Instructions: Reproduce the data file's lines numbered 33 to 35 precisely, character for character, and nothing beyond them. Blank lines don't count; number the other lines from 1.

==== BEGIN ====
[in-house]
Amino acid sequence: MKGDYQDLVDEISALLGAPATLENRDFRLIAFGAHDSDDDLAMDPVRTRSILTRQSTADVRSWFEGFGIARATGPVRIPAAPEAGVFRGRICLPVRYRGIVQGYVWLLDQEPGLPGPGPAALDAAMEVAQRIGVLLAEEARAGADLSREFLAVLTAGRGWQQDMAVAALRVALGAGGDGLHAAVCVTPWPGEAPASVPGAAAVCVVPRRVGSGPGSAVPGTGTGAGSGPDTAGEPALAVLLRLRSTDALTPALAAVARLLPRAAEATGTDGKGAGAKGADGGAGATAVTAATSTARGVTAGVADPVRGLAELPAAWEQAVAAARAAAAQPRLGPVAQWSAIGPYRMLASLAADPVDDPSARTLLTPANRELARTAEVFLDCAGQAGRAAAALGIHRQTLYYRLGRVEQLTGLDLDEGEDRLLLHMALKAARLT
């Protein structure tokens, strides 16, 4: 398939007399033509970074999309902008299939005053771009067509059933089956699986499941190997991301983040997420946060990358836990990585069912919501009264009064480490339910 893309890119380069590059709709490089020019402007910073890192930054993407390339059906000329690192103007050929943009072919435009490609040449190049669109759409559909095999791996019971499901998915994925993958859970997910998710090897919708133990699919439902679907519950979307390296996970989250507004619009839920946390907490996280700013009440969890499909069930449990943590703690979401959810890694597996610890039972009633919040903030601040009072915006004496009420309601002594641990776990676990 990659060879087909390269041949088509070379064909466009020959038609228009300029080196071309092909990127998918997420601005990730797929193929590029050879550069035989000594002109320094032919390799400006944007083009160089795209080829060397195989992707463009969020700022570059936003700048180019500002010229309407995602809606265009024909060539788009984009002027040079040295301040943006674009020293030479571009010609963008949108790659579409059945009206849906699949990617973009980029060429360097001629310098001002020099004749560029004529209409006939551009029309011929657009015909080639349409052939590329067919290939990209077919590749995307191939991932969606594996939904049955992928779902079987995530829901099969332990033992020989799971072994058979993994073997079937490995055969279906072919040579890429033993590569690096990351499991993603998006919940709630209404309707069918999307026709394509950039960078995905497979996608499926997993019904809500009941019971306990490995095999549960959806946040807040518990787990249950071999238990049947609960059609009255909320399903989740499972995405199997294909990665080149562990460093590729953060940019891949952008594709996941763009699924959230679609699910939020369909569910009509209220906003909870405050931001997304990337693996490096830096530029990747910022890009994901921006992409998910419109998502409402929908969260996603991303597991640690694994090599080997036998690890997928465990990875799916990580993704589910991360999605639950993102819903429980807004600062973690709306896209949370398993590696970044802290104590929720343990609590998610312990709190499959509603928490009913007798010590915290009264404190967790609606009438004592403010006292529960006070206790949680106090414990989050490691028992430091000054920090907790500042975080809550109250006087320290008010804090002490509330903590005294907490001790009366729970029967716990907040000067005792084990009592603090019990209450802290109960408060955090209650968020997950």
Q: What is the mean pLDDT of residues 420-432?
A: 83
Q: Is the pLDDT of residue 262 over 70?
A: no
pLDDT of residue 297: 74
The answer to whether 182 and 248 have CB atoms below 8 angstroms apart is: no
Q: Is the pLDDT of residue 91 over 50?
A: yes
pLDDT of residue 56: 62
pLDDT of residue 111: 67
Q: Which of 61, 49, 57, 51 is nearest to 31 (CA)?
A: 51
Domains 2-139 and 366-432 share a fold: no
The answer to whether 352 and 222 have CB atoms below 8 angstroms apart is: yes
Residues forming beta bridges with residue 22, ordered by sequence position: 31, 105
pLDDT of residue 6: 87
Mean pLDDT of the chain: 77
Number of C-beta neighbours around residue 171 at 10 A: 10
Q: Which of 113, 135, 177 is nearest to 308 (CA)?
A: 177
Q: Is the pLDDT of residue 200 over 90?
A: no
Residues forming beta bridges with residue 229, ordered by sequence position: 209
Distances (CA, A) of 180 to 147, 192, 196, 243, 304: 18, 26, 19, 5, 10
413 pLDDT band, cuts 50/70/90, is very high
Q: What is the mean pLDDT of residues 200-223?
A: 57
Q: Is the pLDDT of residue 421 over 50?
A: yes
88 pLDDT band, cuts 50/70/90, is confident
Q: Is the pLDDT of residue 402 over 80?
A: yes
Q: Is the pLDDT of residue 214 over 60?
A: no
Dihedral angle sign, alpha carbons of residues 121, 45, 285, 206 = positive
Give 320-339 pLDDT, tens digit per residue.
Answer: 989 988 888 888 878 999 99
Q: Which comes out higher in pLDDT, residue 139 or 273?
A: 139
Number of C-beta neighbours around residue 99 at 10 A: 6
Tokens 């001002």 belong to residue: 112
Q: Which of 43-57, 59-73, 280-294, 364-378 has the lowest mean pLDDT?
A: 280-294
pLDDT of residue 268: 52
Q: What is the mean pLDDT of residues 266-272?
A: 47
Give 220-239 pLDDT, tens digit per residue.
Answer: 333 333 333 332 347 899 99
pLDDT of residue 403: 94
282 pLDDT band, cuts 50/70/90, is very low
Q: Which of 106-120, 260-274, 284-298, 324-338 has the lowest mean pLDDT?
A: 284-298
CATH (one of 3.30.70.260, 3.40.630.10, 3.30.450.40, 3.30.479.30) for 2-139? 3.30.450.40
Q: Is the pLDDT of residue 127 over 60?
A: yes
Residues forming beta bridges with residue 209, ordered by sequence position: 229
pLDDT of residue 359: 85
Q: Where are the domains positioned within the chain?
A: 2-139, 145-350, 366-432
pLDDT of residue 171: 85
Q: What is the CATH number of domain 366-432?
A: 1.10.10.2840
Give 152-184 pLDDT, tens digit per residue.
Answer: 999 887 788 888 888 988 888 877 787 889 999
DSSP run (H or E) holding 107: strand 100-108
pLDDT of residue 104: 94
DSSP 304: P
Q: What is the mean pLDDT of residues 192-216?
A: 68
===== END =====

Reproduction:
88 pLDDT band, cuts 50/70/90, is confident
Q: Is the pLDDT of residue 402 over 80?
A: yes